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When it comes to fandom, it’s hard to beat the Irish

Bob DeChiara-USA TODAY Sports

It wasn’t the homecoming that the Irish had in mind, but it was kind of fun to see Patrick Holohan — pale, red-bearded Paddy, who bears a striking resemblance to van Gogh on the easel — in a UFC main event.

With Conor McGregor a mere spectator and Joseph Duffy no longer on the card, somehow it fell to Holohan to seize the old craic. He put on a hell of a show against Louis Smolka, even if he did come up short. He collected a tidy sum of $50,000 for leaving it all out there in front of his countrymen. Never mind that it was at flyweight, a weight class that (most) Americans are allergic to. In Ireland, it was the Fight of the Night. And Holohan had the night of his life.

Afterwards, with his face swelling up and turning deep purple, he said he only wanted a cup of tea. Even in a cage Paddy showed forth with his civilities. The crowd liked that.

And what’s remarkable in the aftermath of UFC Fight Night 76 is just how devoted the Irish fans truly are. When the UFC visited Dublin in July 2014, it was all about the burgeoning star of Conor McGregor. He galvanized the country, and broke lofty Fight Pass records. It was a celebration, too, with all the Irish fighters (including Holohan) basking in the love. McGregor’s rapid rise had made for a frenzy.

This time McGregor was never a part of the plan, yet…you know, it was all about McGregor. Duffy was the last man to beat him, and therefore has achieved a kind of cult status in the MMA world. McGregor’s biographical details are enough to sell out an arena.

Still, Duffy versus Dustin Poirier was an odd configuration for an actual main event, and it would have never flown in America. As it stood, Poirier — the higher ranked fighter in the match-up — was incidental. It was all about Duffy, Ireland and the heart of the matter (McGregor). And it showed just how passionate the Irish fans are that the event sold out in a few minutes when tickets went on sale. If people were upset about Duffy falling off the card due to a concussion, you couldn’t tell by the rabid response to Paddy and the other Irish fighters that took the cage.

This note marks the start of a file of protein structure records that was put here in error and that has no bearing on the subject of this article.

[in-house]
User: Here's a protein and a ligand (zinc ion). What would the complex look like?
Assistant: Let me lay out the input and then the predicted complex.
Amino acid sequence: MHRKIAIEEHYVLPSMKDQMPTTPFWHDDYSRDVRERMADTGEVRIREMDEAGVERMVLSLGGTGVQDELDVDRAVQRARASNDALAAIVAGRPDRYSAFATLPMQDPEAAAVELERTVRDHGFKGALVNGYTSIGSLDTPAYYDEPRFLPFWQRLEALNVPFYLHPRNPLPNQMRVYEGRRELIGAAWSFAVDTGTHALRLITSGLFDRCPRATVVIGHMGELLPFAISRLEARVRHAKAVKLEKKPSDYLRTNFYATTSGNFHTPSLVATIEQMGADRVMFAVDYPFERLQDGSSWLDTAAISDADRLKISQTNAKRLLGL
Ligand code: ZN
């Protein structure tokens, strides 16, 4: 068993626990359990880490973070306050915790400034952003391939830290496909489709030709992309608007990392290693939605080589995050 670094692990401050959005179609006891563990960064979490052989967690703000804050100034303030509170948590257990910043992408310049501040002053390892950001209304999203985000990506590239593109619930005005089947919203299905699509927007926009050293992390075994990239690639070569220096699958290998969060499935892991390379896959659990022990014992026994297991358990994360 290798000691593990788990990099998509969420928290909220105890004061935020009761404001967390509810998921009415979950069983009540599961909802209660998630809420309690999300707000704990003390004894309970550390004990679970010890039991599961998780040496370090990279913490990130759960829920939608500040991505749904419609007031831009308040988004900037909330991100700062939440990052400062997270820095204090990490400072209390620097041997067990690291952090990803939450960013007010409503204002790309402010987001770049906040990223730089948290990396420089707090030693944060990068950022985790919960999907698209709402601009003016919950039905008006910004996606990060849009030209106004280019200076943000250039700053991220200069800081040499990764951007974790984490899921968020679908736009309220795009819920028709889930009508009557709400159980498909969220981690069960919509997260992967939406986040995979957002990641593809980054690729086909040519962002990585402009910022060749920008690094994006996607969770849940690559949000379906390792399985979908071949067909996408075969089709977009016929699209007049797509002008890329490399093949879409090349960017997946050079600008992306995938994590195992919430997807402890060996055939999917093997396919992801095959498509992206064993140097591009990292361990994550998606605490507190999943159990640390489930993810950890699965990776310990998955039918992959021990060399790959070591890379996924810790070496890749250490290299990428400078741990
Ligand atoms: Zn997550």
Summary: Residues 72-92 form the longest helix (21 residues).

It still felt like a massive celebration. Holohan, feeding off the energy, fought like a man possessed. Smolka tapped him out, the hush that fell over the 3Arena was profound. That moment of collective disappointment was palpable. It was impressive. They were living and dying with ol’ Paddy Holohan, who until this weekend was a fairly pedestrian fighter in the middle ranks. Suddenly he had a million passionate voices in his corner. He mattered.

Which gets you to thinking about just how intertwined Ireland is with its athletes, and how big a McGregor title fight would be on Irish soil. Should McGregor defeat Jose Aldo at UFC 194 in December, and land at Croke Park in his first big (real) title defense, that scene would be like no other the sport has known. Brazil loves its fighters, but you don’t get the sense that they are personally affected by the outcomes. Not like in Ireland. The Irish love their fighters.

And if they can get that worked up for Holohan on a stray event, imagine what happens next time McGregor fights there.

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